Individuals that struggle with mental health disorders such as anxiety, obsessive-compulsive disorder (OCD), and post-traumatic stress disorder (PTSD) often have intrusive thoughts. When these individuals are in recovery, intrusive thoughts can exacerbate the situation. Intrusive thoughts can have you thinking about relapse if you don’t know how to cope with them. Luckily, these thoughts are common, and there are ways to cope with them appropriately.

What Are Intrusive Thoughts?

Have you ever had unwanted thoughts that randomly pop into your head? Do these thoughts often have a disturbing context? If yes, then you have experienced intrusive thoughts. Intrusive thoughts typically do not reflect your intents and wishes and can be violent or uncomfortable. Having intrusive thoughts does not make you a bad person, as even peaceful individuals can have said thoughts. These thoughts can range from violent to sexually explicit to bad memories. They should not be confused with impulses, as they are often random and will go away if you ignore them.

Intrusive Thoughts in Recovery

Individuals who have struggled with drug or alcohol addiction may experience intrusive thoughts about using drugs or alcohol. Again, it should be remembered that intrusive thoughts are not impulses, and they do not reflect a desire to relapse. However, it is wise to know the difference between intrusive thoughts and cravings, as intrusive thoughts can fade quickly if you do not give them much attention. On the other hand, cravings can trigger relapse and must be addressed sooner rather than later.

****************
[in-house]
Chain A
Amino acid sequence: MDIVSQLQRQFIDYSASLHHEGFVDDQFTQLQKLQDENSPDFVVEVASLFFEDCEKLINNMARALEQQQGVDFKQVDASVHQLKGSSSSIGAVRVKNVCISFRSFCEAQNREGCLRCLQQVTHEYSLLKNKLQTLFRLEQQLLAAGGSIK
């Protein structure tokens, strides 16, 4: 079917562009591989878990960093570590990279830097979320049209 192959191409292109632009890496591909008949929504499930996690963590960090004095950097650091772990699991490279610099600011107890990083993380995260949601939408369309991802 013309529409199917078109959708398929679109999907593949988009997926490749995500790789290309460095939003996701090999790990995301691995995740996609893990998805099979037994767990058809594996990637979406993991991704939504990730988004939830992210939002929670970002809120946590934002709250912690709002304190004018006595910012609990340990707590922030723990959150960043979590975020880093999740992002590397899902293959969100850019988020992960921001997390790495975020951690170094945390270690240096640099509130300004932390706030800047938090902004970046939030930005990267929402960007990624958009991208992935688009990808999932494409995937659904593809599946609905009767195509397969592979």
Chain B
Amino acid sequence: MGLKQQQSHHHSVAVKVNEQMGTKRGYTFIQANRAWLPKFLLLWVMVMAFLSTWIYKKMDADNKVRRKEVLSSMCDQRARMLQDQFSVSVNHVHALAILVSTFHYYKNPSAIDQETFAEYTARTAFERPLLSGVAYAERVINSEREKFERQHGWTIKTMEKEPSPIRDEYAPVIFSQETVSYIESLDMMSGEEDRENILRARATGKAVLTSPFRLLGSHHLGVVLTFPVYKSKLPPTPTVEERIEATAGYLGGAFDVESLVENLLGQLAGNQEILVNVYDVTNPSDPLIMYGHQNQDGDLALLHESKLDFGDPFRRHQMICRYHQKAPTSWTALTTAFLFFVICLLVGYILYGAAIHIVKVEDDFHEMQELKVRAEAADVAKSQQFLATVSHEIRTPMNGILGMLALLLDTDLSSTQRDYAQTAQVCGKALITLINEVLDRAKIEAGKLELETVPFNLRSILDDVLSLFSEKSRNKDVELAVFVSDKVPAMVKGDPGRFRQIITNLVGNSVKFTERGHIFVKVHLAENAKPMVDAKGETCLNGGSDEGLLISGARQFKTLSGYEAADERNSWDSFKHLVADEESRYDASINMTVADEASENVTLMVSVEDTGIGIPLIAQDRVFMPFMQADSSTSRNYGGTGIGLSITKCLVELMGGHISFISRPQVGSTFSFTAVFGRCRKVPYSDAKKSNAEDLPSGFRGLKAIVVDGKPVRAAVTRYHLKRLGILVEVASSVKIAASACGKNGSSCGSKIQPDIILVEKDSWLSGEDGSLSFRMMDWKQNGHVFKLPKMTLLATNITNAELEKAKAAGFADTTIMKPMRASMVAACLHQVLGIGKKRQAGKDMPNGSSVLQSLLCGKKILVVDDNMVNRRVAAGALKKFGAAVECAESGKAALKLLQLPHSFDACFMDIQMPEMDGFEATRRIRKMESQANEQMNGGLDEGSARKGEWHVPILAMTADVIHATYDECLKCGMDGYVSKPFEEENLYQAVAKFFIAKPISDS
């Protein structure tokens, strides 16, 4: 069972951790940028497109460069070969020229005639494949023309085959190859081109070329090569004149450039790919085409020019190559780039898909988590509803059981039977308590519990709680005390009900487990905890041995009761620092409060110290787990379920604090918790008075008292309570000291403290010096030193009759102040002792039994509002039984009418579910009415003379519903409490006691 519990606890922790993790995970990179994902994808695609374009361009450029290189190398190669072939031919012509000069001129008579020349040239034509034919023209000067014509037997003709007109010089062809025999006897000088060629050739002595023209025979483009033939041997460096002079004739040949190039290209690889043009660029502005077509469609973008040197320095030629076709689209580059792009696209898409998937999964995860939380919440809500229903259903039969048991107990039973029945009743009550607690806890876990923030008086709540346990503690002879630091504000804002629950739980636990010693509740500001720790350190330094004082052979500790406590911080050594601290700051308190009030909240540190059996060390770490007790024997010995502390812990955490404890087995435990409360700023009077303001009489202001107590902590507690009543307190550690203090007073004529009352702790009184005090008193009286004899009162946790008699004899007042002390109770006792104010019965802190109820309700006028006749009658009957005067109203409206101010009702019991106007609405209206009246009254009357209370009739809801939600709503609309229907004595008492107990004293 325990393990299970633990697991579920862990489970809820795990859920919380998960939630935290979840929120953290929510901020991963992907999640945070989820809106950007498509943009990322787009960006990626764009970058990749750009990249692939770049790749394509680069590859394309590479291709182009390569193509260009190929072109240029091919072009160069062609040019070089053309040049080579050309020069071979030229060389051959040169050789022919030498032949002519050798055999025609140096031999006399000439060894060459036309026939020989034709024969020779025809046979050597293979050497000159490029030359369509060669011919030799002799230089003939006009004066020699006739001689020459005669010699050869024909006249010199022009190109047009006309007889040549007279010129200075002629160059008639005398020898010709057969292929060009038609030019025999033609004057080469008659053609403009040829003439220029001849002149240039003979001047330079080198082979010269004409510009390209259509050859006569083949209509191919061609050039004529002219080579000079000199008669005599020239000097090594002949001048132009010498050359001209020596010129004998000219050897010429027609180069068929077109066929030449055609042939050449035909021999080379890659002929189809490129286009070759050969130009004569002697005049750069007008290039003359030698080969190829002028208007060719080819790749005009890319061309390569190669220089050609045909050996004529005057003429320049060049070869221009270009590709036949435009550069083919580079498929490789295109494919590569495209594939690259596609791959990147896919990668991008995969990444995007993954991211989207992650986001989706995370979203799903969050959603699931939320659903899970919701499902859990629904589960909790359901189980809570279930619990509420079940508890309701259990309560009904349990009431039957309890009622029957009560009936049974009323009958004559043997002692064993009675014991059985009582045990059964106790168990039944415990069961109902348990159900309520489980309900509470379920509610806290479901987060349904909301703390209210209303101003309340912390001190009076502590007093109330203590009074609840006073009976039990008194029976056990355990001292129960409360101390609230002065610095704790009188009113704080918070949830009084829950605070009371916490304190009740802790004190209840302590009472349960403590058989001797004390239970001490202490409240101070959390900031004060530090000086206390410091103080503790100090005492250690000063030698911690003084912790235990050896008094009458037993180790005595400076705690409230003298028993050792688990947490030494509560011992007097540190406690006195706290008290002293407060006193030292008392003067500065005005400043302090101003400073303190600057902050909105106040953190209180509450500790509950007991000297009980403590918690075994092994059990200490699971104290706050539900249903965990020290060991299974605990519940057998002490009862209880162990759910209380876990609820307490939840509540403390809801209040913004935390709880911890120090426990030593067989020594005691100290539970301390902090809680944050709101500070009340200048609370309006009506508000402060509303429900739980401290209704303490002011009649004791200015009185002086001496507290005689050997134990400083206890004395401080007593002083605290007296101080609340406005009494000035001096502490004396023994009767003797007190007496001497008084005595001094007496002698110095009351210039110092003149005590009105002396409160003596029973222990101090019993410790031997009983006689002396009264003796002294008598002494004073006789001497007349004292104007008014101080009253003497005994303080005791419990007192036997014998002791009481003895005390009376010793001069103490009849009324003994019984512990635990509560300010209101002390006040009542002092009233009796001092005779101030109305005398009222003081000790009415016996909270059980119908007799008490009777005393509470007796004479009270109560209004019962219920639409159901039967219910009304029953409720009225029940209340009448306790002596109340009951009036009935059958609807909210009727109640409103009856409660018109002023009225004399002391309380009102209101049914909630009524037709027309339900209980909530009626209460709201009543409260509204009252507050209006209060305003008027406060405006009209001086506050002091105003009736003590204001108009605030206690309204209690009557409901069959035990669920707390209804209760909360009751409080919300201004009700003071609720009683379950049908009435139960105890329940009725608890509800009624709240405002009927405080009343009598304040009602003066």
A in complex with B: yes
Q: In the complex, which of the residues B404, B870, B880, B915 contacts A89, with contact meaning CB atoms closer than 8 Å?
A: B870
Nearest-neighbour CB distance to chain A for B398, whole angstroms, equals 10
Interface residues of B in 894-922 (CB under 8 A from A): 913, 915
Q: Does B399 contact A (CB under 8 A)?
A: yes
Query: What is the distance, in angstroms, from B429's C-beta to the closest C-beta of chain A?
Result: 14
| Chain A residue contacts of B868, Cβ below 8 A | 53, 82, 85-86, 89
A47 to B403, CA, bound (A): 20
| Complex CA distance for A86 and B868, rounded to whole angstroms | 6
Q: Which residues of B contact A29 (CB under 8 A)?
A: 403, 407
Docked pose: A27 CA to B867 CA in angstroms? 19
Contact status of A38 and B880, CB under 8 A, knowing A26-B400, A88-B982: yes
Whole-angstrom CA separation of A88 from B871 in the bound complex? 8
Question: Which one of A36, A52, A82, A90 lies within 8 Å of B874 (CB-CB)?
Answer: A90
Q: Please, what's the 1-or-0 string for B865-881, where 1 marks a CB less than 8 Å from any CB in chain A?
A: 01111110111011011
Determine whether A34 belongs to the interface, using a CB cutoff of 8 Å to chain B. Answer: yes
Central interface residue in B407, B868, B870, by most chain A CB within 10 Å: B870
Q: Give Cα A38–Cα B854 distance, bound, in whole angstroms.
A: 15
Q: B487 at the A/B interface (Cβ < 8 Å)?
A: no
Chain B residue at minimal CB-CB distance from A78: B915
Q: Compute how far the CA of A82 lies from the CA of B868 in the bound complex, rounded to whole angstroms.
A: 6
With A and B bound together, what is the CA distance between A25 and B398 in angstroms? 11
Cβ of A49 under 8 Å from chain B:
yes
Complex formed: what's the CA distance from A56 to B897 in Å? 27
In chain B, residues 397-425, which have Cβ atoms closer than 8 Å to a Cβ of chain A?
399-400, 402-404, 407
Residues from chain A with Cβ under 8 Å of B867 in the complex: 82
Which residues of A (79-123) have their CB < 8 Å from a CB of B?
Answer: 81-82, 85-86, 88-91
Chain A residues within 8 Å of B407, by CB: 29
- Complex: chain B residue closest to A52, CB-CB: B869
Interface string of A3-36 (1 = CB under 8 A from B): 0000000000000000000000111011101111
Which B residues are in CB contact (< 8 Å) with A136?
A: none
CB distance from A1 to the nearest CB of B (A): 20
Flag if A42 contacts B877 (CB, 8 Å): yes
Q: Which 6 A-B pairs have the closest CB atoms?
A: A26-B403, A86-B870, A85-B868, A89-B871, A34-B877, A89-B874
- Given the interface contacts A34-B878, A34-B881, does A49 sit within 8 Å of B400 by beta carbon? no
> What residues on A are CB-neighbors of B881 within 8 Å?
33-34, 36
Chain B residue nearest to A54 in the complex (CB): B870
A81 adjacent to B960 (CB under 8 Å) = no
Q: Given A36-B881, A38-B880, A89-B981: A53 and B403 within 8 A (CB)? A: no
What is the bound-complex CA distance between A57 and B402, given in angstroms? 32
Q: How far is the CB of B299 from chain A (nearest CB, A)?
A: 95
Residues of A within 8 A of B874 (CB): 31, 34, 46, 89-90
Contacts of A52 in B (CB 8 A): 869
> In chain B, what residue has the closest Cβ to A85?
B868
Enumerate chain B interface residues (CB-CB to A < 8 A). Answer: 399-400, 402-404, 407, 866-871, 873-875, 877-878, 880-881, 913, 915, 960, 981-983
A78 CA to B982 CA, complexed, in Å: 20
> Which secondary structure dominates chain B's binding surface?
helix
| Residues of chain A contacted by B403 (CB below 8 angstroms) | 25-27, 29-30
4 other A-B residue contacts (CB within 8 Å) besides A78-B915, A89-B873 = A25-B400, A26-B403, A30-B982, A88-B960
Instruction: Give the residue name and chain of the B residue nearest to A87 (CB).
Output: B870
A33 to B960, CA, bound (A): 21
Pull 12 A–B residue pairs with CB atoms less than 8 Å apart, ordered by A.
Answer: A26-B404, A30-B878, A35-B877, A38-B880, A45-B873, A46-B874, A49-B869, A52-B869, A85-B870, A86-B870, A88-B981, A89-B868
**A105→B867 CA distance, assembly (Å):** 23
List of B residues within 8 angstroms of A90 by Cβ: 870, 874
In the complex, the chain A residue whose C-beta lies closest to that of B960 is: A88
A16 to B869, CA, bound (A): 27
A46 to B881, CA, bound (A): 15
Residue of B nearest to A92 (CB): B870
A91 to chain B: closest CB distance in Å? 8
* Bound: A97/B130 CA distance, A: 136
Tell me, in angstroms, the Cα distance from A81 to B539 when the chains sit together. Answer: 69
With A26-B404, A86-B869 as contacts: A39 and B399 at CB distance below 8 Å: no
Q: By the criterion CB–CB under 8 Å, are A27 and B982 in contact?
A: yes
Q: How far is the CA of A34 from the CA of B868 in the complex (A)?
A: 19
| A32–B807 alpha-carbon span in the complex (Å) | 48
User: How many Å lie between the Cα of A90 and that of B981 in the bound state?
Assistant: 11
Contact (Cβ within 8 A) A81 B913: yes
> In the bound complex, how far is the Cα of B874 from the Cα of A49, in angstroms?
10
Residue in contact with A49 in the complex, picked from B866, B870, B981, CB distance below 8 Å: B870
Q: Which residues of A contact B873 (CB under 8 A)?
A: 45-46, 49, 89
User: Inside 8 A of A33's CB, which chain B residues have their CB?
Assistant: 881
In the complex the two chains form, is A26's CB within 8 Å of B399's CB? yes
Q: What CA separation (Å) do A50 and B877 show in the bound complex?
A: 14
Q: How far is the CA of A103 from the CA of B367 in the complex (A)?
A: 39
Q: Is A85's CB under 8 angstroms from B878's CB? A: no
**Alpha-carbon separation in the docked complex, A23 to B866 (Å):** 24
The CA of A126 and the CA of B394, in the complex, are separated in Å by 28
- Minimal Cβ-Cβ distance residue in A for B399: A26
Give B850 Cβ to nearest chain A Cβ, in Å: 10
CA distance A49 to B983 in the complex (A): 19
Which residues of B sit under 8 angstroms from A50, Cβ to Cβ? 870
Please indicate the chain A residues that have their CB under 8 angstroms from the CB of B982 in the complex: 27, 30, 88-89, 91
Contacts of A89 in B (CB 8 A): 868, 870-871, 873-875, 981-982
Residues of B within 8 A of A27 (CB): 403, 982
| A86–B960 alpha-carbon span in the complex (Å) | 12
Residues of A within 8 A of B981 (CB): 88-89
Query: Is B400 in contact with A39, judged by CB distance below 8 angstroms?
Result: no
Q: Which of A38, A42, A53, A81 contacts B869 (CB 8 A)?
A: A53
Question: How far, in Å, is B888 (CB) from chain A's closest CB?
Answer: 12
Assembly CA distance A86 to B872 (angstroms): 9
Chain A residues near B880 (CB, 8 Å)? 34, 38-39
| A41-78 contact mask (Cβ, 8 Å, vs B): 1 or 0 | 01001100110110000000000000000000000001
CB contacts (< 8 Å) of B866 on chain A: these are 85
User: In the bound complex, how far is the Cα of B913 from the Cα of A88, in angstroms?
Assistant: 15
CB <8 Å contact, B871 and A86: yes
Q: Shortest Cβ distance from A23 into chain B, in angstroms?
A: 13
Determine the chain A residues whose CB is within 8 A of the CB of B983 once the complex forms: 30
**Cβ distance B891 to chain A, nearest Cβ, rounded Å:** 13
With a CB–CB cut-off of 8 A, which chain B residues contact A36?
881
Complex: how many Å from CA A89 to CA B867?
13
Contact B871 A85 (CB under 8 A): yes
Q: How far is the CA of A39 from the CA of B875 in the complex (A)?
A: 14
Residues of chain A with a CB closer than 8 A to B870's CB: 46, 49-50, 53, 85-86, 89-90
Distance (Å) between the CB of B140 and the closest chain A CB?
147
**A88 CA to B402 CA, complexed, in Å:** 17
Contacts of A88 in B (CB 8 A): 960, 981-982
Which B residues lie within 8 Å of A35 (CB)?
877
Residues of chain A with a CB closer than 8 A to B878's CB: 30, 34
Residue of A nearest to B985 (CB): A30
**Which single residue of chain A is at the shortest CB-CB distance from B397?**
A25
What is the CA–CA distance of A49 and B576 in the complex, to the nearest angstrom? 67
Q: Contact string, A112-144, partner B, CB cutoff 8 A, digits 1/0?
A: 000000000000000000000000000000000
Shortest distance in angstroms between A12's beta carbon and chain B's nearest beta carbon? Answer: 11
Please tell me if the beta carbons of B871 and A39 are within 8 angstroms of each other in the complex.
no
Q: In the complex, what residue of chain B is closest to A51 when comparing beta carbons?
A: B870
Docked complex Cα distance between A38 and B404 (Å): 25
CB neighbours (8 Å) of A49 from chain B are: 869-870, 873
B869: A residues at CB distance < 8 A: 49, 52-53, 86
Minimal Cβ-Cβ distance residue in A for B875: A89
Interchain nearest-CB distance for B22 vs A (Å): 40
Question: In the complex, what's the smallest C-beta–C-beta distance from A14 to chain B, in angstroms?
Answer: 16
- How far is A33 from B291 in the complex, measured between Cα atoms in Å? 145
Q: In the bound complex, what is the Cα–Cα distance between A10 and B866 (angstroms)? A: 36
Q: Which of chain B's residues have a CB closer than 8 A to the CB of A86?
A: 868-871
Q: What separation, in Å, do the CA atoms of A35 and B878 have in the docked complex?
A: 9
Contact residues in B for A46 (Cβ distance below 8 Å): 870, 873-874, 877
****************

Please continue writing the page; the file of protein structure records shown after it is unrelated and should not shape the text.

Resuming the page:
What To Do

It is essential to know how to combat intrusive thoughts. In truth, the best way to cope with intrusive thoughts is to accept them and move on. When you experience a thought like this, acknowledge it and continue with your day. If you pay attention to the thought and obsess over it, you will give it more power, and it will affect you more. Remember not to run away from them, but acknowledge them and move on, knowing it is not a reflection of who you are and what you want in life.


Intrusive thoughts can be scary if you do not know how to cope with them, especially in recovery. Those in recovery that experience intrusive thoughts may feel anxious due to the idea of relapsing. Still, it is essential to remember that intrusive thoughts are just thoughts and not impulses or reflections of your desires. The best way to cope with intrusive thoughts is to acknowledge them and let them go away. This way, you know that you have them but do not give them power over your life. Should you have any other questions regarding intrusive thoughts and how they affect recovery, give the team at Alta Loma Transformational services a call. You can reach us at (866) 457-3843 and get the advice you need for successful sobriety.